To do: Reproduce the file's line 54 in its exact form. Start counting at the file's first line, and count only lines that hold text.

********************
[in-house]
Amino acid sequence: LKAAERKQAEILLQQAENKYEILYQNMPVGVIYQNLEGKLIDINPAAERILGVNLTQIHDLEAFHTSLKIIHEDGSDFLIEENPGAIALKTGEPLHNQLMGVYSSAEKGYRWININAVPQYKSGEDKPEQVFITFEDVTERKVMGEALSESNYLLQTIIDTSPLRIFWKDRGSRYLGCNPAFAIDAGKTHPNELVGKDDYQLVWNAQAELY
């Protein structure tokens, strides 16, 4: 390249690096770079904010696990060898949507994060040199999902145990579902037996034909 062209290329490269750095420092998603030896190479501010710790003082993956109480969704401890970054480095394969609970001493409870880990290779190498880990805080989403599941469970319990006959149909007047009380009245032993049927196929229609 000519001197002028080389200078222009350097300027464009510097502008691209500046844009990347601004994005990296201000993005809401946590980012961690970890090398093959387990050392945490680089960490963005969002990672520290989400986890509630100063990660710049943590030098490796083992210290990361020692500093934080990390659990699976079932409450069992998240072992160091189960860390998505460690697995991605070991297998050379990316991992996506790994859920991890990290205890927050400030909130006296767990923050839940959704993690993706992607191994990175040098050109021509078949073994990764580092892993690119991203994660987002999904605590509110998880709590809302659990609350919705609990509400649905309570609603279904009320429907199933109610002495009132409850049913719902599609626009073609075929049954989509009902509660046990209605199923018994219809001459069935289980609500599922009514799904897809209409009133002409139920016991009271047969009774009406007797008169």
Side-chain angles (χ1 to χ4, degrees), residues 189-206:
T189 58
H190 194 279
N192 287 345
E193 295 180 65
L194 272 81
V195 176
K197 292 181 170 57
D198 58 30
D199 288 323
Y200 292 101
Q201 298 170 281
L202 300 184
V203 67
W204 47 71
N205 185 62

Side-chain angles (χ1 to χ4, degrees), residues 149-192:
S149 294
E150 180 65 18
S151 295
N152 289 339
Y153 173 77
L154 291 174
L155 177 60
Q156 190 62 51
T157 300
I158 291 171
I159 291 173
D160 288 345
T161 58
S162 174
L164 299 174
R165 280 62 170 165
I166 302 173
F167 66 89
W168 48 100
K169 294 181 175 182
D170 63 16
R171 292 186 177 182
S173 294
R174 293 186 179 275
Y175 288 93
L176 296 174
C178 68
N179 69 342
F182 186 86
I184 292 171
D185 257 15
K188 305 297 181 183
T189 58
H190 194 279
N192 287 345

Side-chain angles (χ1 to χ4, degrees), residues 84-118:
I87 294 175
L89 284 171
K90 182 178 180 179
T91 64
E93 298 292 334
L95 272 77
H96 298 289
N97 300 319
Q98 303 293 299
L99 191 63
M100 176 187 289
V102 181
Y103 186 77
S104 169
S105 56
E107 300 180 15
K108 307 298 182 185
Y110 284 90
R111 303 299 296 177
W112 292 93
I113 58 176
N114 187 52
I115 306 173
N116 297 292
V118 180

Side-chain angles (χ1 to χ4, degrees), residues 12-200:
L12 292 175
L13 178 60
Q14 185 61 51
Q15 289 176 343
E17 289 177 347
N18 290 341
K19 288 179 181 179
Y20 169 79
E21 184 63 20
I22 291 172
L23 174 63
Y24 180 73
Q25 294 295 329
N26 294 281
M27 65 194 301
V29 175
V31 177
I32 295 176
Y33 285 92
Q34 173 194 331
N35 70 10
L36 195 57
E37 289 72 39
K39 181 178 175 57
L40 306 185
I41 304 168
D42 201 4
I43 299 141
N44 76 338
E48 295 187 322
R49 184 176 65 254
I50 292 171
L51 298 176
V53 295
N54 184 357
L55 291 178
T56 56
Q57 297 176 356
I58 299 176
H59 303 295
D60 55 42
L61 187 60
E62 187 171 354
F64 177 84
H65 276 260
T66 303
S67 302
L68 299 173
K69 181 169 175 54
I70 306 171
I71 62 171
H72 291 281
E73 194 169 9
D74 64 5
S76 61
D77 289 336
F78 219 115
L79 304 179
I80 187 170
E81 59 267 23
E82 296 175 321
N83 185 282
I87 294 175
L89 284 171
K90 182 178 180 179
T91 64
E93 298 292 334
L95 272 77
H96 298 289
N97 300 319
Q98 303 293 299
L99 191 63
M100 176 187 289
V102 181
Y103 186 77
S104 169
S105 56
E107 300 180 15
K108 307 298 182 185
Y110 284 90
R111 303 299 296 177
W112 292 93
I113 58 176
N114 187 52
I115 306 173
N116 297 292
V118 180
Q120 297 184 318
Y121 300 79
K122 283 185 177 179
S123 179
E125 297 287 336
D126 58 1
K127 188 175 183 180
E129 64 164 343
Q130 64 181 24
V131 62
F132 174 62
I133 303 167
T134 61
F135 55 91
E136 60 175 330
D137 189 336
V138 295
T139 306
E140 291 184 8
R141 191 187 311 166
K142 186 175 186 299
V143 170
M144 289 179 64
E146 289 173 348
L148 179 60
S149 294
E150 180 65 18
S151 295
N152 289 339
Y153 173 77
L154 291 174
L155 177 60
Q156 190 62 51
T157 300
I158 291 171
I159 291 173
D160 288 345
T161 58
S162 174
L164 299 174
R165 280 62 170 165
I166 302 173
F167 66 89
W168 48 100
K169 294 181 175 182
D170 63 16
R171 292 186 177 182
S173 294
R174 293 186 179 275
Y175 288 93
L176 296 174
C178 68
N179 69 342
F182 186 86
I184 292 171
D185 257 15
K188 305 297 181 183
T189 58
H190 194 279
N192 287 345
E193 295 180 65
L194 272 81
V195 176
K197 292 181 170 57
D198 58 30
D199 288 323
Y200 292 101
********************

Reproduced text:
H190 194 279